For the first time in more than three years, former World No. 1 Stacy Lewis has won an LPGA event. Her one-shot victory over In Gee Chun at the Cambia Portland Classic on Sunday marks her 12th LPGA win in an emotional week at Columbia Edgewater C.C.
There was the pressure that comes for a player of her stature having gone 83 events without a win. Yet for Lewis, who had a three-shot lead going into the final round, winning a golf tournament was far from the only thing on her mind.
Lewis grew up outside of Houston. Her husband, Gerrod Chadwell, is the women's golf coach at the University of Houston. Lewis has said her family has been fortunate and their house is OK, but the Houston area has been ravaged by the disastrous effects of Hurricane Harvey.
She wanted to help. Before the event began, Lewis announced she’d donate her earnings from the tournament to Hurricane Harvey relief efforts. She also put the call out to her fellow LPGA players, asking them to bring shoes to her so that she can donate them.
What Lewis did not know as she walked down the 18th hole with a one-shot lead was that her sponsor KPMG was going to match whatever amount she won. The winning check was $195,000, so $390,000 was donated.
“When I said that I had the goal of winning the tournament, you’ve got to get a lot of things right, to go your way,” Lewis said. “Just what we’re going to be able to do, we're going to be able to help me rebuild houses and get their homes back. That's more important than anything.”
It was hard not to root for Lewis, given her pledge. Couple her two runner-up finishes in this event with the fact that she’s had six top-10s this year, and a win did not seem out of the question. But there was, of course, the unavoidable fact that her last LPGA win was in June 2014, at the Walmart NW Arkansas Championship. That's a long time to have gone without closing out a victory.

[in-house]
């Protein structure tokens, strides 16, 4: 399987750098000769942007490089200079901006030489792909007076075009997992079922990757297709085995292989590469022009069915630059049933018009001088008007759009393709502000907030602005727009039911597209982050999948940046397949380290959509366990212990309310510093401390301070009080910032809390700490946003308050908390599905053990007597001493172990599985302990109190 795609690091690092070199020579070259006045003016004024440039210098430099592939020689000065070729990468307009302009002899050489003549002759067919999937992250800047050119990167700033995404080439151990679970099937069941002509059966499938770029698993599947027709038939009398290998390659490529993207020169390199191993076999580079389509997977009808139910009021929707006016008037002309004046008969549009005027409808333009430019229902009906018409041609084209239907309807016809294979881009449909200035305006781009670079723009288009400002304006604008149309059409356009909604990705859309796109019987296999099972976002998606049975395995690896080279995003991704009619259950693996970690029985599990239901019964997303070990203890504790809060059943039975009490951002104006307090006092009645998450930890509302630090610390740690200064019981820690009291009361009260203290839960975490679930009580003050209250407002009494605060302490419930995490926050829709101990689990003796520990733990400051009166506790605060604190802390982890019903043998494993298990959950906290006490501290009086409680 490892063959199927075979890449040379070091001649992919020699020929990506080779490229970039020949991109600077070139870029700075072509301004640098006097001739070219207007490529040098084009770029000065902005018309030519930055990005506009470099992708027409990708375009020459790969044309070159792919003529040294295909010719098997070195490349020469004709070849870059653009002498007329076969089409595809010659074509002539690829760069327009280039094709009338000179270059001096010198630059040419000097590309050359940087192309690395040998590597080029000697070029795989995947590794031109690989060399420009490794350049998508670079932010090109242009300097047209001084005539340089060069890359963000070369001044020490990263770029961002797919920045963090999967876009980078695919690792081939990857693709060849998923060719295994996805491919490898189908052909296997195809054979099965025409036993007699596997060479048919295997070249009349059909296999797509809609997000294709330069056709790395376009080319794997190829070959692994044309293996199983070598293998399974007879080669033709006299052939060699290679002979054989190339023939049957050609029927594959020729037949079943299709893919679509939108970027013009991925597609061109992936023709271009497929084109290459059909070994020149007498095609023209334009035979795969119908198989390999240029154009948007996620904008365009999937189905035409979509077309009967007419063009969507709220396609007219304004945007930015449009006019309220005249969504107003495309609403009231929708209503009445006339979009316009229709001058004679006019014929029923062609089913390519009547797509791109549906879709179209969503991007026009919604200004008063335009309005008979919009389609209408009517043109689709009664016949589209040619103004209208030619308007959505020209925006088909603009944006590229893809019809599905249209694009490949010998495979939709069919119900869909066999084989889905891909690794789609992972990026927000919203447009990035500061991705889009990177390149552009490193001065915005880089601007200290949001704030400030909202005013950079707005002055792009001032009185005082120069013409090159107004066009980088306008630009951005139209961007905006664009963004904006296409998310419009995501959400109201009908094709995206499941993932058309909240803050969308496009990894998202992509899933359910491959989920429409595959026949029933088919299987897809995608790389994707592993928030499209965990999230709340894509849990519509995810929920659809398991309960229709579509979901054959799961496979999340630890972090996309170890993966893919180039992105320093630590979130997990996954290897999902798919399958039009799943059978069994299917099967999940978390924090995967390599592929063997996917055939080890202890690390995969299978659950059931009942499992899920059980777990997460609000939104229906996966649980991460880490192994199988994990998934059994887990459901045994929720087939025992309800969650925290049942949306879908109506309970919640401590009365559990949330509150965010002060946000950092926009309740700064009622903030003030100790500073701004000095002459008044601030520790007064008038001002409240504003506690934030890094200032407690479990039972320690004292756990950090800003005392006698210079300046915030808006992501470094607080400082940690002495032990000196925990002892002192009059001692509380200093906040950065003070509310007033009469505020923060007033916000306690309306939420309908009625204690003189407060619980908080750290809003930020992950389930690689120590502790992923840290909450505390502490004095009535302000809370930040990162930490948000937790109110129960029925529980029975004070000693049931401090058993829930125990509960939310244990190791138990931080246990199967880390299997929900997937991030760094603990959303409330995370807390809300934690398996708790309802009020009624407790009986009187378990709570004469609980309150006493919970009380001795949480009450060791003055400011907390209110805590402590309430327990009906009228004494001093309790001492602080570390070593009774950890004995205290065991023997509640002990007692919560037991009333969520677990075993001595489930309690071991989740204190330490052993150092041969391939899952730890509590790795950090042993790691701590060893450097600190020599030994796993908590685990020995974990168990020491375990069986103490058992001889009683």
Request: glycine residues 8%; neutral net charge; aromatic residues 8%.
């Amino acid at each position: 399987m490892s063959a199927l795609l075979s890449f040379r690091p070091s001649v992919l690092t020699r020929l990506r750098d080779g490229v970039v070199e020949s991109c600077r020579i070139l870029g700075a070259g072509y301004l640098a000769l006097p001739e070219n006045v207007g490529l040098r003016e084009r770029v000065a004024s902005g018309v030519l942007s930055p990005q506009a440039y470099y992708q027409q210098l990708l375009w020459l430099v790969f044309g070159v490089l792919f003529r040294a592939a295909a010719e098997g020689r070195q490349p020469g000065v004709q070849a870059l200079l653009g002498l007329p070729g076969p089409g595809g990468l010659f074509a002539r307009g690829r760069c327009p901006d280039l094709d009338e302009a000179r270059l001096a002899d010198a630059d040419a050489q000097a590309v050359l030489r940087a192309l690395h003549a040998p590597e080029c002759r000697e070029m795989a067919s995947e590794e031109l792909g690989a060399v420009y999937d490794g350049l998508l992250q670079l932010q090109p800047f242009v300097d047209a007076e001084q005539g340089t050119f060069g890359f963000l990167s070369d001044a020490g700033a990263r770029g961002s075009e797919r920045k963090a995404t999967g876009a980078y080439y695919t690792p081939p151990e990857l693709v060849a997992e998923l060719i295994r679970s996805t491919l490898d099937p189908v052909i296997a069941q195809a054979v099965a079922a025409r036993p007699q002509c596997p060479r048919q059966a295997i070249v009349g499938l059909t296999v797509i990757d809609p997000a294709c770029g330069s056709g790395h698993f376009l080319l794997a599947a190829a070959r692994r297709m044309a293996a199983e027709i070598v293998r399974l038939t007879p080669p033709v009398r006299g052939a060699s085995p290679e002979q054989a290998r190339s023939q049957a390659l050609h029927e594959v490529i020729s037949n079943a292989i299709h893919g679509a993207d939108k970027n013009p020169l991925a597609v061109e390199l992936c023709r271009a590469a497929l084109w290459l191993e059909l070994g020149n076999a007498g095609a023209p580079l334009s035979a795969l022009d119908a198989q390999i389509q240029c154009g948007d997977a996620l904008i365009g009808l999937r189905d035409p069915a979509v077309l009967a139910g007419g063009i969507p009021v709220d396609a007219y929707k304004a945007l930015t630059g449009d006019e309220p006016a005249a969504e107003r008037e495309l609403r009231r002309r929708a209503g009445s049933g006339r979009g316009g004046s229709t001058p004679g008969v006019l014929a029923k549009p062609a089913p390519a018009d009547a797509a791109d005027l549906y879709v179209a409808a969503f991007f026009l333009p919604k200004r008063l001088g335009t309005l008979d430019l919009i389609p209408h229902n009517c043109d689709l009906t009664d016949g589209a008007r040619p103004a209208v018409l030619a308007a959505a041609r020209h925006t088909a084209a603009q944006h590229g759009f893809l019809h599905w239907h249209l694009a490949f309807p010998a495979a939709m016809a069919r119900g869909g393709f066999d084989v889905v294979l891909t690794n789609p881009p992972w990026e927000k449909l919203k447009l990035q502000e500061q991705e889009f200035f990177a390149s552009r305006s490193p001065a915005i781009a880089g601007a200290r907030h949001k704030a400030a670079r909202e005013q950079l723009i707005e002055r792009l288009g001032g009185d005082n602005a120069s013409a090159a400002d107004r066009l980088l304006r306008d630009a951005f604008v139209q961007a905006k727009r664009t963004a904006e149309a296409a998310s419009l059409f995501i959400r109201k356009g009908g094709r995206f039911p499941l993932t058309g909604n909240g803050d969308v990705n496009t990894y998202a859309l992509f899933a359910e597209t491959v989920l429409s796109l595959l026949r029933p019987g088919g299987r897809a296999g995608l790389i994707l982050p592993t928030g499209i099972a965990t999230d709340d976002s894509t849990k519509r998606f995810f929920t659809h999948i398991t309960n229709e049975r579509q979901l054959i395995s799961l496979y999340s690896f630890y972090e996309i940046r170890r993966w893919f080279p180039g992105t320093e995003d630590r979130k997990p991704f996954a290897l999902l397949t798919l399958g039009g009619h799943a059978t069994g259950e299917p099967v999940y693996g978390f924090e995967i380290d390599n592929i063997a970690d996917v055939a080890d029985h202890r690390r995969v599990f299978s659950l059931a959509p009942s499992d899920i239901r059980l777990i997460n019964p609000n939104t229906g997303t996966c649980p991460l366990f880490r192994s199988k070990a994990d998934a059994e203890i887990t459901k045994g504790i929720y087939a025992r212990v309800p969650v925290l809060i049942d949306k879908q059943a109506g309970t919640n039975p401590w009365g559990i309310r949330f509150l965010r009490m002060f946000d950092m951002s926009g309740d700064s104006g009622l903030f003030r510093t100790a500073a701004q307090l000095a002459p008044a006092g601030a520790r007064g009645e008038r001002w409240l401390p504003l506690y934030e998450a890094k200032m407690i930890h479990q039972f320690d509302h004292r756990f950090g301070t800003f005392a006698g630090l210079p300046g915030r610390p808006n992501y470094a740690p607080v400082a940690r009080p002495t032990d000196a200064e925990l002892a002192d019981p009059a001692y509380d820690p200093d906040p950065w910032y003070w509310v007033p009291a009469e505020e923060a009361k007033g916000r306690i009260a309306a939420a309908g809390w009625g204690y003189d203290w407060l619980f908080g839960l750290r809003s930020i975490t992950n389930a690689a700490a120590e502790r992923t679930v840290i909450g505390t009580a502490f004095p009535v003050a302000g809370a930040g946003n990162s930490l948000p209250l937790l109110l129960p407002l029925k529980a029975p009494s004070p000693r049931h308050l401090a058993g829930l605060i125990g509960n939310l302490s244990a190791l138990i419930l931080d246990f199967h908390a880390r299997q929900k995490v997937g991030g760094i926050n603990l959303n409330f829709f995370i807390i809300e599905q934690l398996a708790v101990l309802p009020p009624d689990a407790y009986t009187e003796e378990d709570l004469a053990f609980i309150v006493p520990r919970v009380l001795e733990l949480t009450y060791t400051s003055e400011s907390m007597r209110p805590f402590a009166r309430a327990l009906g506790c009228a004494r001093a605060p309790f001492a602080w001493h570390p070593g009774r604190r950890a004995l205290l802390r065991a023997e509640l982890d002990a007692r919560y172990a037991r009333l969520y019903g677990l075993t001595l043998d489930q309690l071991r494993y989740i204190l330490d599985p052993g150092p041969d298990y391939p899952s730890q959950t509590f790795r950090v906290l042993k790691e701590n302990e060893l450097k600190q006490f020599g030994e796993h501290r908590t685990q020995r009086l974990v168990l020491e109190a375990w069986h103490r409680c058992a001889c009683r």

Though Lewis started the final round with a three-shot lead in Portland, the last day wasn’t an easy one. In Gee Chun, who was playing with Lewis, steadily chipped away at the lead until they were walking down the 18th, Lewis up by only one. Chun put her approach over the green. Lewis, whose drive ended up in a fairway bunker, put her approach to about 25 feet.
After Chun’s chip settled six feet from the hole, Lewis had two putts to win. She hit a good lag putt and when the three-footer that was left went in, Lewis had won and the money was going to Houston. The intensely focused, sometimes stoic, Lewis was emotional when her husband came on the green to hug her.
He had flown to from Houston to Portland Sunday to surprise her.